There is an argument to be made that entering terrible relationships, much like impulsive risky sex, drug use and dyeing one’s hair bright colours, is a self-sabotaging behaviour that we engage in because of our poor and typically unstable self-image. I personally think there is also an element of talented abusers finding and grooming people with BPD because we are likely to be grateful for the attention, eager to change and to please, and less supported by friends, family and professionals. Regardless, I’ve found in research and in my personal life that people with BPD are more likely to be abused in our interpersonal relationships than the general population, which is also more likely to do significant harm since we’re so sensitive to begin with.

(I also have to wonder whether dyeing one’s hair is definitely a response to unstable self-image, or whether it is sometimes done all or in part because of a desire to feel in control of one’s body and/or to make a statement. This is especially possible because there is an overlap between marginalised groups who dye their hair to be subversive, such as us gays, and people who are traumatised, what with trauma having known links to the development of BPD and all.)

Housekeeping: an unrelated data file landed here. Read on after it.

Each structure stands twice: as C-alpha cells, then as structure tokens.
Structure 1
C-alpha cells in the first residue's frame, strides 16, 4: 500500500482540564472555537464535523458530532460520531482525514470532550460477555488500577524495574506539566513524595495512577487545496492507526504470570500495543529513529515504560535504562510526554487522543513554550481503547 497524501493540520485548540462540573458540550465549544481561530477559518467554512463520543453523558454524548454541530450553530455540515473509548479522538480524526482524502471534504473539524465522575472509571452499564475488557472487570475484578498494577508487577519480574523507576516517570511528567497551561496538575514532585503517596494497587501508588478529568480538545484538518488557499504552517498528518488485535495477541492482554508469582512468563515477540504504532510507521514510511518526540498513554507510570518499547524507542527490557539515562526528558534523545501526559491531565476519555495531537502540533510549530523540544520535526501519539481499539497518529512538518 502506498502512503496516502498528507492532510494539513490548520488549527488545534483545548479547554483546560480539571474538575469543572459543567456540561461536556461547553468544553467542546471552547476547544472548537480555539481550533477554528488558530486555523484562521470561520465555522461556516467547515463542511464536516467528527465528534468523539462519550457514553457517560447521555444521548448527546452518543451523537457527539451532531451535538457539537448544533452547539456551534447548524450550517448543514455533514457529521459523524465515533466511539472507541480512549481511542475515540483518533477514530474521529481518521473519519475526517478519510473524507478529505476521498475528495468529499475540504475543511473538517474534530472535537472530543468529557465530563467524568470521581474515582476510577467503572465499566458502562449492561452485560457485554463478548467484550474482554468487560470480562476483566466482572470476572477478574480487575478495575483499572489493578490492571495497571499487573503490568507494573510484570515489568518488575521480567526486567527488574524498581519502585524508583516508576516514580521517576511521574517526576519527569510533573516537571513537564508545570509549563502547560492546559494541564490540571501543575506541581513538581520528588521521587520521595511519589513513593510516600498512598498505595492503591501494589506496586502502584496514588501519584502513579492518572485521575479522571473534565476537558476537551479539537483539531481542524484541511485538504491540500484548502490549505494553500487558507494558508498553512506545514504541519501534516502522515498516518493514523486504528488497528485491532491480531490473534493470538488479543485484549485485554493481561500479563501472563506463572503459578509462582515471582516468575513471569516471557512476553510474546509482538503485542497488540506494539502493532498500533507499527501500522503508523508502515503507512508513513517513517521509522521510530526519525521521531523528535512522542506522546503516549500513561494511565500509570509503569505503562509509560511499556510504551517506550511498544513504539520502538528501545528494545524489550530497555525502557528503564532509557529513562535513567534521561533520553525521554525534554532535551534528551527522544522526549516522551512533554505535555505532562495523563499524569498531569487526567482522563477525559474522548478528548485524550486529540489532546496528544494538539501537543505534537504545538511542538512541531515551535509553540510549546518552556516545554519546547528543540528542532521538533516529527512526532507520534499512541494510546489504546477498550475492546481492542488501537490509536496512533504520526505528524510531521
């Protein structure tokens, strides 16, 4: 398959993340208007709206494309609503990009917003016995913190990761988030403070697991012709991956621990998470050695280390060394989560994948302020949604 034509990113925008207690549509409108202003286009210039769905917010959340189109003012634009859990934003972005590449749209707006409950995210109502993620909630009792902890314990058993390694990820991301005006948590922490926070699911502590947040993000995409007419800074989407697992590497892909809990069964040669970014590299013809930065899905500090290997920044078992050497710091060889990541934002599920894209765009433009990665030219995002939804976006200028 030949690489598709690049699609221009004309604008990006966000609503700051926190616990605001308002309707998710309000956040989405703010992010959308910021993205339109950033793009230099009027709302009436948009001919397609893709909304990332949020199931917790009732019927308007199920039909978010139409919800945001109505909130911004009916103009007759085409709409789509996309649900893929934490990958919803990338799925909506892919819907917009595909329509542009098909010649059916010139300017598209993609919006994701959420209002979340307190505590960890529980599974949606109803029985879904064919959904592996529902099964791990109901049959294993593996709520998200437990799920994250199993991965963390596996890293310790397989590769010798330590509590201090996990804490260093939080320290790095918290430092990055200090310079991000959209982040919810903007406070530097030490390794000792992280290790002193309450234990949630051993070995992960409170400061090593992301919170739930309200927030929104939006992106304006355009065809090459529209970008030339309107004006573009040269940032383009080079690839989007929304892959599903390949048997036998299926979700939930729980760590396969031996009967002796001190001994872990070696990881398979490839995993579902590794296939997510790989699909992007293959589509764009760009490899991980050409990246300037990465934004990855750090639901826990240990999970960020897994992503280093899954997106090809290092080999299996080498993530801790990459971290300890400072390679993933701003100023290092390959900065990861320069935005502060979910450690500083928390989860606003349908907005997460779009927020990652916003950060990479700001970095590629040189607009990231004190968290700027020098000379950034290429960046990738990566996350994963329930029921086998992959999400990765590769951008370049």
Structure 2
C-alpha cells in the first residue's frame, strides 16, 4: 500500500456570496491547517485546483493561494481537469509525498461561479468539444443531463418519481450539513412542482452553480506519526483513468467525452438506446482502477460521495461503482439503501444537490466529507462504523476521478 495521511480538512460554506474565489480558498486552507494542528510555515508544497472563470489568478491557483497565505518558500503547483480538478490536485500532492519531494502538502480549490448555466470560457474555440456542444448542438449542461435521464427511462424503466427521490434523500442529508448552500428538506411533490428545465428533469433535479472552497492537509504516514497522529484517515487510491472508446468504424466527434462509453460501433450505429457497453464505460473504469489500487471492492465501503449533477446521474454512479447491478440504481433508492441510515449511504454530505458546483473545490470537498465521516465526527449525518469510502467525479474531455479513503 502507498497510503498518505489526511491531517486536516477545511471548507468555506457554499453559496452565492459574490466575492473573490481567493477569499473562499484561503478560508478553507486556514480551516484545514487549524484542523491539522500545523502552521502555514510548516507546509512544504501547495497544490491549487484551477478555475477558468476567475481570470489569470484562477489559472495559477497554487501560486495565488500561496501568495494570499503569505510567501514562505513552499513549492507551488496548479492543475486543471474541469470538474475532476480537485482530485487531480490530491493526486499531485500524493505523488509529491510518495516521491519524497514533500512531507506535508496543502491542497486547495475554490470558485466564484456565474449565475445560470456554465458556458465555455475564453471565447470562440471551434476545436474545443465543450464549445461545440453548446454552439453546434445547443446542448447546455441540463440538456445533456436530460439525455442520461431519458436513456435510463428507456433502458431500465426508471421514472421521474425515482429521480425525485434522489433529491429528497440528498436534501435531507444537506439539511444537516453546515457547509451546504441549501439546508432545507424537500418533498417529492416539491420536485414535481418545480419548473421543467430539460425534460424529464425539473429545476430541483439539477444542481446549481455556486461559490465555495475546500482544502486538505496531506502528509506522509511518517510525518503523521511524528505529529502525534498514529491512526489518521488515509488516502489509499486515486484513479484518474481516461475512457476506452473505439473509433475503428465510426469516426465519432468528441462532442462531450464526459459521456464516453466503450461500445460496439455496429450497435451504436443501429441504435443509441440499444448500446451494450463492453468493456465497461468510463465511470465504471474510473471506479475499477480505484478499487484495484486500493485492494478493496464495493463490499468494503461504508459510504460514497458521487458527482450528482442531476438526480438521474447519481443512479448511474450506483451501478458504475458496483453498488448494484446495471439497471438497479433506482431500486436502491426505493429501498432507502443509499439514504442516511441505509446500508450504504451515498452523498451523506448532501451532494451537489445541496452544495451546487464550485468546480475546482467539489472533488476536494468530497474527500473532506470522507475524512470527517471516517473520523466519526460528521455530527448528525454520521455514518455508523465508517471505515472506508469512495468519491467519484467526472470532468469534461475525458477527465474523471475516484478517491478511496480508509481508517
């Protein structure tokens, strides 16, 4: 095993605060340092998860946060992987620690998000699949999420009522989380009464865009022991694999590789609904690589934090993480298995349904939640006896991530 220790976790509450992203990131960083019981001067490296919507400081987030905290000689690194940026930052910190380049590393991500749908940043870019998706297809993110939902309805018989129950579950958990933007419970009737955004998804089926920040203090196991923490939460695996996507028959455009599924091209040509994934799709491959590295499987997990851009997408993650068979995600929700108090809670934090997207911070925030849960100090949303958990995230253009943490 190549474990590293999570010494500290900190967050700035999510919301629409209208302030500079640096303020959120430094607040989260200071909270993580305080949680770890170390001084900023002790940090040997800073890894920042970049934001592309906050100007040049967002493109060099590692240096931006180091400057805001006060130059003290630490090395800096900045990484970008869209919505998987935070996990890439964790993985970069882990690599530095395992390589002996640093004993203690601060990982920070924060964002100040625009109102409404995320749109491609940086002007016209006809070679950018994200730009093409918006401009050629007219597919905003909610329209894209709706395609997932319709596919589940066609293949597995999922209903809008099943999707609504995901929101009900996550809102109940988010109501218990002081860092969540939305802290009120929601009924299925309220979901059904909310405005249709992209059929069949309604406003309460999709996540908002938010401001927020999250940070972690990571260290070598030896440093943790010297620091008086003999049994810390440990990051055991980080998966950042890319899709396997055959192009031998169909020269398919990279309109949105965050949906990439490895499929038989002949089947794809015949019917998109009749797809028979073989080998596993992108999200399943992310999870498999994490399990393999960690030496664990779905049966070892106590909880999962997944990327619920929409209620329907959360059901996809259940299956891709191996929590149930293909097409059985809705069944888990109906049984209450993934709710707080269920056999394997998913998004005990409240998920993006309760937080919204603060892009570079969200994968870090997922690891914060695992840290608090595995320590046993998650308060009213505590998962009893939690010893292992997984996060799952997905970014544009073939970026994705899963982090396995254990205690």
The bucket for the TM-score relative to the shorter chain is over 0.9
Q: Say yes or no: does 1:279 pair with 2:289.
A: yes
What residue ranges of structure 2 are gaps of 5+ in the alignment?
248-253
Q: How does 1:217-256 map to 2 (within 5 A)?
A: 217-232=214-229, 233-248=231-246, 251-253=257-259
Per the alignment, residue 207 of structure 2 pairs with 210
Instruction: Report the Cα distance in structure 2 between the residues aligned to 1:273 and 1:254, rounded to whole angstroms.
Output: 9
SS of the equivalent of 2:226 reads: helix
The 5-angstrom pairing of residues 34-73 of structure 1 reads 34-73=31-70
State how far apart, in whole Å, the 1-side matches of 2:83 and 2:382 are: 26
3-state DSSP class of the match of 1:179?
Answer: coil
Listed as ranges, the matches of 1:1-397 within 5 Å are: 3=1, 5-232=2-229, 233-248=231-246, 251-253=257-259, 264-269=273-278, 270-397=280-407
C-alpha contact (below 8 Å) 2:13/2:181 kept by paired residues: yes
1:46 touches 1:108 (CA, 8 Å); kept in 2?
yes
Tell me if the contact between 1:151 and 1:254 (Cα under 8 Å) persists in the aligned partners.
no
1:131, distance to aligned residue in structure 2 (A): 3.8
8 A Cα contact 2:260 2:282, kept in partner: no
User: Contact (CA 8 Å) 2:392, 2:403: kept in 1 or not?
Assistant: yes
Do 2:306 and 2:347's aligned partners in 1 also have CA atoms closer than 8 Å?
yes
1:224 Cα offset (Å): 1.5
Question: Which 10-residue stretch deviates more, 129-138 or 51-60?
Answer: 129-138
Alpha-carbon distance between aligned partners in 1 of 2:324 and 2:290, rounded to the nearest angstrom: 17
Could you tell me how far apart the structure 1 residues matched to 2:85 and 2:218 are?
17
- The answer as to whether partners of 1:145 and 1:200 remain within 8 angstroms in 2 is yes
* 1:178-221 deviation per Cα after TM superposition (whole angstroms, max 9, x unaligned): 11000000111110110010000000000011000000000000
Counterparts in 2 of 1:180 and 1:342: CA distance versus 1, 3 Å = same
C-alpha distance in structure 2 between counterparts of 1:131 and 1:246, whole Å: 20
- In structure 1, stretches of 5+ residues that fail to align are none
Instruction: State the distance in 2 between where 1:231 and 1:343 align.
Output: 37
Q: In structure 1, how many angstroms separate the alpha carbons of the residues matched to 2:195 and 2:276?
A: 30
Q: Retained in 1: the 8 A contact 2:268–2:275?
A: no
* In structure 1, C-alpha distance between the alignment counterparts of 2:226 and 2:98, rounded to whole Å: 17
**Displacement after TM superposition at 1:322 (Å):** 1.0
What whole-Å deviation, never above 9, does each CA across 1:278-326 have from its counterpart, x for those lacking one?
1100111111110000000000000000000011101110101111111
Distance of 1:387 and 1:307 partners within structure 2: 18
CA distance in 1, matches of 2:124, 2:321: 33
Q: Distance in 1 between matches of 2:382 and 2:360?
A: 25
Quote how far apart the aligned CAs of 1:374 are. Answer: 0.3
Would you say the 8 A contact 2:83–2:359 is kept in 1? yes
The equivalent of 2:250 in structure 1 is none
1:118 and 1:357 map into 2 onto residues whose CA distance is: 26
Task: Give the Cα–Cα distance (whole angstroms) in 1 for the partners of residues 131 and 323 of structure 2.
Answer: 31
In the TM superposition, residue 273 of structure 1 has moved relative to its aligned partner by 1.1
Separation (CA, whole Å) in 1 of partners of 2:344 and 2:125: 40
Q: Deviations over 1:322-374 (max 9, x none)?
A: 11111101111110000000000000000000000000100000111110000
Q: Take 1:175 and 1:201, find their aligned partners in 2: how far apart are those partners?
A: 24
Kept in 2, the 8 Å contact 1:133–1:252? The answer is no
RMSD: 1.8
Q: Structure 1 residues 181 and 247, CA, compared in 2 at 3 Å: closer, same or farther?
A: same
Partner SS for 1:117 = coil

Risk-taking behaviours are a real problem for people with BPD, and it can sometimes be hard to find the distinctions between deliberate risk-taking, altered perception of risk, and risks taken due to a feeling of passive suicidality. Personally, I’ve tried to obstruct a number of the risks I take, accidentally or on purpose, with things like a Blue Badge that stops me from wandering across car parks, and the deletion of Tinder from my phone. My experience with kink has given me, I think, a pretty good understanding of my ever-changing risk appetite and which risks I can take safely if I so need. I have to urge patience if there’s someone with BPD in your life taking risks that alarm you, especially because I know that sometimes I’m more likely to take risks if I have been specifically warned against them (there’s that avoidance coming through again). I also want you to trust that the adults in your life with BPD definitely are adults who can make adult decisions, and who will probably ask you if they need your help in managing their risk-taking. 

Personality disorders in general are heavily stigmatised, and this is especially true of what are sometimes called Cluster B personality disorders, like Antisocial Personality Disorder, Narcissistic Personality Disorder and Borderline Personality Disorder. I like to refer to Cluster A as “Cluster Your Problem” and Cluster B “Cluster Other People’s Problem”, because that does seem to be where the demarcation lies. BPD is among the disorders most vilified and misunderstood by the public, but I am here to tell you that there’s no personality disorder that makes you an inherently bad (or good) person – it’s your behaviour that dictates that.